This is how AI detects fire. “Drones will extinguish fires”

This is how AI detects fire.  "Drones will extinguish fires"

The new technology will help firefighters detect fires with a 99.9% rate. effectiveness. The Pyro Sense system combines AI, reconnaissance drones and sensors communicating over the 5G network. This is just the beginning, because soon drones will be able to extinguish fires themselves.

A forest fire is a fight against time, where lives are often at stake. When every minute counts, early detection can be the difference between a minor incident and a major tragedy.

Firefighters will soon gain an excellent tool that will significantly facilitate fire detection even in extremely inaccessible places. The innovative Pyro Sense fire detection system presented in October uses the latest technologies to protect particularly valuable forests in the Mediterranean countries.

George Delaportas, co-founder and CEO of the PROBOTEK company responsible for the system, tells us about the details of the project being implemented in Cyprus and how AI learns to understand fire.

Krzysztof Sobiepan, How important is it to detect starting a fire as quickly as possible? Is it true that you fight for every minute here?

George Delaportas, PROBOTEK: Yes it’s true. In the European Union, we even have a rule called “golden 15 minutes”. This is an index that informs about the effects of a forest fire depending on the time of its detection. Just fifteen minutes after the first spark, the element becomes uncontrollable. Especially in warm and dry areas such as, among others, in Greece or Cyprus.

This means that we have to detect a fire much faster than 15 minutes. You should aim for detection from one minute to a maximum of three minutes. Then firefighters still have adequate time to react and the entire fire extinguishing operation can be completed within the already mentioned golden quarter of an hour.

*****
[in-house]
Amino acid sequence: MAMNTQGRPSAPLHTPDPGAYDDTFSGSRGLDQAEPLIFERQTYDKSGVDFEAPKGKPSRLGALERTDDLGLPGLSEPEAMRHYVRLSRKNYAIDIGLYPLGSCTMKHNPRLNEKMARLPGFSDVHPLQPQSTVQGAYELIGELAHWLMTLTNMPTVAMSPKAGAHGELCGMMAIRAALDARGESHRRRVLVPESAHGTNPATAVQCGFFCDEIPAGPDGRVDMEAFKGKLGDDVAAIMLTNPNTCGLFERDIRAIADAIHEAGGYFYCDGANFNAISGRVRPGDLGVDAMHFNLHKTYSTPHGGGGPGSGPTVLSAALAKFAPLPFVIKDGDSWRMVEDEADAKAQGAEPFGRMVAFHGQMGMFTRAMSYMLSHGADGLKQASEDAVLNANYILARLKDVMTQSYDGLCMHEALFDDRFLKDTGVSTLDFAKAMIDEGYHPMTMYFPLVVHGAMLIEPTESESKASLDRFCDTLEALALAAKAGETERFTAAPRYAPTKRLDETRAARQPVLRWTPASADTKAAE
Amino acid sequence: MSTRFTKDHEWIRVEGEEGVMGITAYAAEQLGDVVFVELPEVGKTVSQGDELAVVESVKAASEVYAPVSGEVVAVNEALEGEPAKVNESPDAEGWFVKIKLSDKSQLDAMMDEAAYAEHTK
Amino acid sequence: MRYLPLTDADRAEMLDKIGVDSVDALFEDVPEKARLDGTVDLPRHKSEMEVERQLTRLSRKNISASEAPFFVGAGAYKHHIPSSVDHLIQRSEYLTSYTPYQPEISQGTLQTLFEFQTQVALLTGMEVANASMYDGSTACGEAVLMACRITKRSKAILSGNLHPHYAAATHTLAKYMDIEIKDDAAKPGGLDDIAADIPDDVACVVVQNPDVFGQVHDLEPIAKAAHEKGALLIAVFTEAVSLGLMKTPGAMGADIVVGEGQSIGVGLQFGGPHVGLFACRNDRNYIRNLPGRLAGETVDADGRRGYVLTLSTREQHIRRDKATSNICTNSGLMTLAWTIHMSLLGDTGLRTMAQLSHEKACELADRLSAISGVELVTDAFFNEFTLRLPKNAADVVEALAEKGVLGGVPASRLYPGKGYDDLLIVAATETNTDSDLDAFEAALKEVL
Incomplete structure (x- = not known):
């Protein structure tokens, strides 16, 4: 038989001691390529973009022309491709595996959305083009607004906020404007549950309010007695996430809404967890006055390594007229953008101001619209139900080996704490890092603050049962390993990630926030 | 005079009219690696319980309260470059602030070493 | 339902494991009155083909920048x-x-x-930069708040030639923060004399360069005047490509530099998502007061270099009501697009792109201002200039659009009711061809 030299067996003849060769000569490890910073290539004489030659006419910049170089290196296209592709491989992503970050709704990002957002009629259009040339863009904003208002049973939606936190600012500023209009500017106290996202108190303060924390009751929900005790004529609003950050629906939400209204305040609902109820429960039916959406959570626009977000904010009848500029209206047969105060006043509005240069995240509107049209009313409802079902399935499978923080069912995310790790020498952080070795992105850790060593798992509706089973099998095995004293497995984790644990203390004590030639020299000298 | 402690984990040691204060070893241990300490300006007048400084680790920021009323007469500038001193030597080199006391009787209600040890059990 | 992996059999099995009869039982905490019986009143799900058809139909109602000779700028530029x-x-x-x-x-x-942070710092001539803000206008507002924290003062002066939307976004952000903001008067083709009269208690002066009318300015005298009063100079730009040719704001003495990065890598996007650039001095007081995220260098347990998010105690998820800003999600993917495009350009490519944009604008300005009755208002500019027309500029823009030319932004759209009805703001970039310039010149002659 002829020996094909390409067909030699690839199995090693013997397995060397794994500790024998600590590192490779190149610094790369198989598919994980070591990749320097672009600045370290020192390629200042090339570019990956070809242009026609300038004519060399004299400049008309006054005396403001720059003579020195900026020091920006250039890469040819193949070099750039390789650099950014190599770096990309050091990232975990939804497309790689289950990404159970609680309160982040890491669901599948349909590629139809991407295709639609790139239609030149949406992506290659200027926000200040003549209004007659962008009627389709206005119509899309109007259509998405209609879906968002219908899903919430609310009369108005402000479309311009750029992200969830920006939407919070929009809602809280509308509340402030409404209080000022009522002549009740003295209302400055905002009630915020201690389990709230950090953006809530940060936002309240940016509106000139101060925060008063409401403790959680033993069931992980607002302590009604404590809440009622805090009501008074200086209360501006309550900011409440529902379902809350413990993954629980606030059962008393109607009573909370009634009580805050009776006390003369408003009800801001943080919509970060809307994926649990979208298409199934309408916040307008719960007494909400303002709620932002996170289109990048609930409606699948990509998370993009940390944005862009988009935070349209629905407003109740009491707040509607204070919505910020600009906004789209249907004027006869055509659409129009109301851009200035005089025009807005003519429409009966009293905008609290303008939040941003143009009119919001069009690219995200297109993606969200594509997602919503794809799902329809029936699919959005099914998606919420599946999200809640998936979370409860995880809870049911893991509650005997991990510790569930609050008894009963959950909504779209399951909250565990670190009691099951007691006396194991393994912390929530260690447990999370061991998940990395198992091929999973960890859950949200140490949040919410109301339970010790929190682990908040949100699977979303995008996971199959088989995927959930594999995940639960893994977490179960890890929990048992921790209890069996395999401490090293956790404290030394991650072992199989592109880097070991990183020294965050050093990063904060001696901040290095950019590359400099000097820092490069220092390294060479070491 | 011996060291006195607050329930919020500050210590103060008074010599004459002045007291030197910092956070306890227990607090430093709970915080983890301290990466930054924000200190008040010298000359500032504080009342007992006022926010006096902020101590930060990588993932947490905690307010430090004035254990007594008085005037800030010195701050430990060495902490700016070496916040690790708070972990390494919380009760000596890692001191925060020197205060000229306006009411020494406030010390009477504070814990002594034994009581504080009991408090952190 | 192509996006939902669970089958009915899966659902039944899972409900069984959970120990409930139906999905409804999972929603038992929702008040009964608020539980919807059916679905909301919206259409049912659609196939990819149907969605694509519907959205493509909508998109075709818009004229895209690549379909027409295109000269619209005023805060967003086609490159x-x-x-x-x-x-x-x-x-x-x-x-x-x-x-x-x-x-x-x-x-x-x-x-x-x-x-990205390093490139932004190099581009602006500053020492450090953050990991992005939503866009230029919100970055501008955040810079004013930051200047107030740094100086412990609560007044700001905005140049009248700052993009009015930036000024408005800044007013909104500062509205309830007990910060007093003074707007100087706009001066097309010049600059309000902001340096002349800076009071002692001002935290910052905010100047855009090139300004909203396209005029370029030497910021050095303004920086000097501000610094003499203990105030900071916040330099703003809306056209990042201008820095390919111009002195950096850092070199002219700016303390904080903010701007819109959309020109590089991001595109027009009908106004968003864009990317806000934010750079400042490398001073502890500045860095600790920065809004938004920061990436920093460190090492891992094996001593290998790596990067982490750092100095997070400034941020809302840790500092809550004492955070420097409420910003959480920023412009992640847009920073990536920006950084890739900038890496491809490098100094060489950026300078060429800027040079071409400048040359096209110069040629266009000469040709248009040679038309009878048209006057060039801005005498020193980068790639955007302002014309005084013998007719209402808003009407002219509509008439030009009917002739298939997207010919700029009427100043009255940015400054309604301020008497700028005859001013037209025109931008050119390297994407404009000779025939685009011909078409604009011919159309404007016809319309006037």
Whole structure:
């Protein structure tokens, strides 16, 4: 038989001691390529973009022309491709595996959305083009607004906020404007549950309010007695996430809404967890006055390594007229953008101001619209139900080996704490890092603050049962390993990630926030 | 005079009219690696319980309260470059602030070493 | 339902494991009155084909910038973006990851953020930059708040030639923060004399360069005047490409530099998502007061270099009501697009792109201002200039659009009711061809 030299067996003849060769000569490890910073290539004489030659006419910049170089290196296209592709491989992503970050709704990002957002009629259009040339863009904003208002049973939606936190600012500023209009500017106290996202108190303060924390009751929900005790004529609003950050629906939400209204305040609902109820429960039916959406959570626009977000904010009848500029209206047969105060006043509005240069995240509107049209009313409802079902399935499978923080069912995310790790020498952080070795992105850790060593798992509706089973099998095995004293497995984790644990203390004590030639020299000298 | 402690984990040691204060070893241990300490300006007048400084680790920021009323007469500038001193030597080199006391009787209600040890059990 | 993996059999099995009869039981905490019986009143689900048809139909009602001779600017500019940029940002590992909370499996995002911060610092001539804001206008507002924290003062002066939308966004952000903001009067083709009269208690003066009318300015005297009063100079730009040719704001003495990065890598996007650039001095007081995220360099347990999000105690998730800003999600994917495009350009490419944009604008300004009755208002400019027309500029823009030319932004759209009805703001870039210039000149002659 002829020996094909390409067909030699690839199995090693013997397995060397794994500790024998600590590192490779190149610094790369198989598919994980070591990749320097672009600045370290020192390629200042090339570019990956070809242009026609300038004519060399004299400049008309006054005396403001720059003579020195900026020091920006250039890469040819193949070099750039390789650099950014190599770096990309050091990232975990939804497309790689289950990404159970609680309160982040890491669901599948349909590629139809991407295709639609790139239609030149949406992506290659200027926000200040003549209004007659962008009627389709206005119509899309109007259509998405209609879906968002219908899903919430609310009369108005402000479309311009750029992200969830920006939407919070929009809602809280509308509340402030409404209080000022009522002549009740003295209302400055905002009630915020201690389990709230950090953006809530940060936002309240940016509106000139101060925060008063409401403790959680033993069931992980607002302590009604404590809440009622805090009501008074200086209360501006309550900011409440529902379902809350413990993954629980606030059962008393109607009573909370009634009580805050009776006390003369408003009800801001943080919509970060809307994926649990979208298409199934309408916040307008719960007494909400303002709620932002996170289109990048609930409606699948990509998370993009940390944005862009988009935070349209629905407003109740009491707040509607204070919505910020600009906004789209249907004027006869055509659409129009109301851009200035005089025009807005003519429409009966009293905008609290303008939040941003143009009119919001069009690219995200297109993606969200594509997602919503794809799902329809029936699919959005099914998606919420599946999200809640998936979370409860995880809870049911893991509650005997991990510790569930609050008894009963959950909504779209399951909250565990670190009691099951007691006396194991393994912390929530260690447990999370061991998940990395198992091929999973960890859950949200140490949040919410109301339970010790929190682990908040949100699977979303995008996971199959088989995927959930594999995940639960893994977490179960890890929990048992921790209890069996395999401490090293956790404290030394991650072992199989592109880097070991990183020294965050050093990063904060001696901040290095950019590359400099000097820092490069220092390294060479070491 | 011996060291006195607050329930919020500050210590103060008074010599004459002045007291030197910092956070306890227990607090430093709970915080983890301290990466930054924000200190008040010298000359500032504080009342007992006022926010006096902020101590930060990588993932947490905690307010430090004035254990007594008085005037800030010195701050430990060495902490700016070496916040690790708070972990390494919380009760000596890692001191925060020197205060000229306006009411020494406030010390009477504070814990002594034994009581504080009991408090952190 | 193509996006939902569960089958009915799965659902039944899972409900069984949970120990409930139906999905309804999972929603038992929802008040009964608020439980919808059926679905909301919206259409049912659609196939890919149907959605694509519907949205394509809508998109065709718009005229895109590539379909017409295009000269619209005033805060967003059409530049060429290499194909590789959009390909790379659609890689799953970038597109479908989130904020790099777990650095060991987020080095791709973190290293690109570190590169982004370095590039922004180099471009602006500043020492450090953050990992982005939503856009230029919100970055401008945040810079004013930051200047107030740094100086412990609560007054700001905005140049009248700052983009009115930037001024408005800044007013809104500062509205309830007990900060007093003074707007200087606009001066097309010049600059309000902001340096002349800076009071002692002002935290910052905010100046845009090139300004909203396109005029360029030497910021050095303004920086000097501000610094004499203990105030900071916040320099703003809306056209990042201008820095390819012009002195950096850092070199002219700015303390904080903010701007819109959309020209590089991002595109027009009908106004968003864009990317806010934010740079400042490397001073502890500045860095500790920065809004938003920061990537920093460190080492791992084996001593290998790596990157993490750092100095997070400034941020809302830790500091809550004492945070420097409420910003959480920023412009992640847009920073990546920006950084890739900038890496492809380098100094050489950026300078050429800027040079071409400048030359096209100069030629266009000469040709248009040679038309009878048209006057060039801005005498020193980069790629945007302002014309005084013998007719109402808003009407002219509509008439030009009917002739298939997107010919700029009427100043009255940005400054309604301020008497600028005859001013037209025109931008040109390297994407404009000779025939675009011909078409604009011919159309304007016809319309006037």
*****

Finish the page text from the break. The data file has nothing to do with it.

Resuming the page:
And this is what the PROBOTEK detection system offers?

This is exactly what we had in mind when developing our solution. Pyro Sense’s goal was to achieve a detection rate of less than three minutes, which is faster than traditional methods.

To patrol forest areas, we use drones that are equipped with advanced cameras and can immediately detect signs of fire. It may be the outline of smoke against the background of tree crowns or the fire itself, even in a single frame. The mere suspicion of detecting fire triggers the entire process of confirming the incident and notifying the appropriate services.

Everything is done to minimize false alarms, but at the same time remain vigilant and act very quickly.

Is drone observation sufficient to protect vast forest areas? Devices cannot be everywhere at the same time.

Drones are an important element of the system, but their operation is a bit more complicated. We also use numerous sensors installed in key parts of the forest to detect fire. We place them on the trees themselves, but also at the level of the ground and forest undergrowth.